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Red pills, blue pills | Property Insurance Law Team Blog

Chips note: This guest post is by Luke Irwin, a public adjuster in the Gulf Coast region and chairman of Irwin & Associates.

April 14, 2020, I received the shipment. And with a child’s patience looking at a Christmas present, I tore open the drawer to find eight fresh books … Pay! by Chip Merlin. It was a book that created lifelong friendships across the aisle, opened eyes, shaped the senses, created carriers and touched the lives of tens of thousands of lives … so far.

Just a few weeks earlier, I met Mario Barrilleaux, a new, rather aggressive public adjuster at a joint inspection to get rid of an older lady with wind loss. I was a rock-to-grave staff adjuster, who did some assessments for policyholders on the side, and was one of the adjusters who loved working with contractors and public adjusters to get damages properly paid within 24-48. After I showed Big Mo, he missed a lot of damages, a “bromance”

; was formed. We talked every day afterwards and what we thought about the insurance industry. Talk about two blind ambitious guys who did not even know what they did not know but were hungry for growth, thirst for knowledge and passionate about promoting a collegial network. Mario and I came up with an inventive concept that the world had never seen before, and clearly deceived by affluent mothers in Manhattan. We started a book club.

We reached out to six other great men, some of whom I will intentionally leave anonymous as some are still insurance adjusters, along with public adjusters Adrian Eugene and Al Dodd Jr. (not to be confused with the Saints Hall of Famer Al Dodd Sr.), who were all extremely happy to attend. Together we came up with several ideas for books we wanted to read, but unanimously agreed with Pay Up! to be the first. We decided to read two chapters a week, highlight sections that we thought were remarkable for discussion, and research further on these topics before our conference call at 7 on Tuesday morning.

Those were the early, uncertain days of the covid pandemic. So with plenty of time at home, we read and digested every word in that book. On Tuesdays, most of us woke up a little early, brewed a hot coffee, went through our notes, and began each conversation with that Big Mo prayer for all of us. We discussed what we read, discussed the benefits of the hot topics, shared ideas and even dreamed a bit about how we could change the world. It not only helped to open our eyes to a world we had no idea we were really a part of, it triggered a fire in all of us to be and do better.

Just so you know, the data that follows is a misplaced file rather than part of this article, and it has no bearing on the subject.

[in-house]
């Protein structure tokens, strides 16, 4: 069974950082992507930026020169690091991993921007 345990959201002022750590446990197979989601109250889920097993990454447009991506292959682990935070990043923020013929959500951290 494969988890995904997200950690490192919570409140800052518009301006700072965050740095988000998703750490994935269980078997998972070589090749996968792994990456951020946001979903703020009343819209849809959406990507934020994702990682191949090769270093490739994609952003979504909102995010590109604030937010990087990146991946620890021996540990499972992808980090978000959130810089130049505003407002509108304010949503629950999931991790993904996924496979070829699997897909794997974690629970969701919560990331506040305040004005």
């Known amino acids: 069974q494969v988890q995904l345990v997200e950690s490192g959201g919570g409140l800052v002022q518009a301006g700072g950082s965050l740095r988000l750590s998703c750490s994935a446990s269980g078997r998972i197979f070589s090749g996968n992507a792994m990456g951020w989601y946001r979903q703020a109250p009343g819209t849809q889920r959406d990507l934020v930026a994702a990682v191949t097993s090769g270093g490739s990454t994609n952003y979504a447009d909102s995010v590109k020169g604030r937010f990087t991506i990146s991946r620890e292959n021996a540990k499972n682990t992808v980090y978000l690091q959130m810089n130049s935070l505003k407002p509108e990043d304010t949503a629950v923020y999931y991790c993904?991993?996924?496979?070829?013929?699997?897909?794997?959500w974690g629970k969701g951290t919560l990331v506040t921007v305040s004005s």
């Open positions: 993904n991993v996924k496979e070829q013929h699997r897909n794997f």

To me, however, Chip Merlin gave me two metaphorical pills when he read his book. The insurance version of “Matrix.” The choice between remaining ignorant of the insurance industry I was a part of by taking the blue pill, or the desire to continue learning the disturbing and life-changing truth about the multi-billion dollar insurance industry by taking the red pill. I am a Coast Guard veteran and retired Sgt. Detective. I believe in my heart that I have been called by God to be a servant and an advocate. I’ve always run to fight. Even if it was to my disadvantage, I fight the good and noble battle. My father often quoted from Aaron Tippen’s song, “you have to stand for something, otherwise you fall for anything.” So for me, I took the “red pill”.

Discussions about a promotion were brought to me by the new Vice President for claim. I had a choice to make. It was not if I would stay in and be part of the system, but my exit strategy.

On Independence Day on July 4, 2020, after talking to my amazing wife and being encouraged by several other industry professionals like Galen Hair and Rajan Pandit, I left the convenience of a fantastic salary and benefits to begin my new chapter.

Hurricane Laura hit Louisiana, then Hurricane Delta, then Hurricane Zeta and then Hurricane Ida. Even though we did not slip apart, we became eight in our book club and were never allowed to start on the second book.

I have had the honor of meeting Chip Merlin three times in person and a few more times when he spoke at Zoom. Every time I have met him, I have thanked him for his leadership. I even asked him to sign the book I read at the New Orleans Win the Storm Convention. He finally asked the other day at the American Policyholder Association conference in Denver – with a kind of confused expression – why I continue to thank him. So I told him about this true story.

Whether it’s a few minutes before I take the kids to school, sit at my desk or me and my team drive to a meeting, I have a cup of coffee and read Chip’s daily blog every morning. It is ALWAYS a bit nostalgic when I learn and think of a new concept from the blog. But I wonder what Big Mo would say or get out of it. Big Mo passed away this spring from cancer. Last Christmas, when he thought he was in remission, we promised to grow the book club when he was completely out of weeds.

I think it’s time. Time to get the book club together again, bring some new members and see if they want the red pill or the blue pill.

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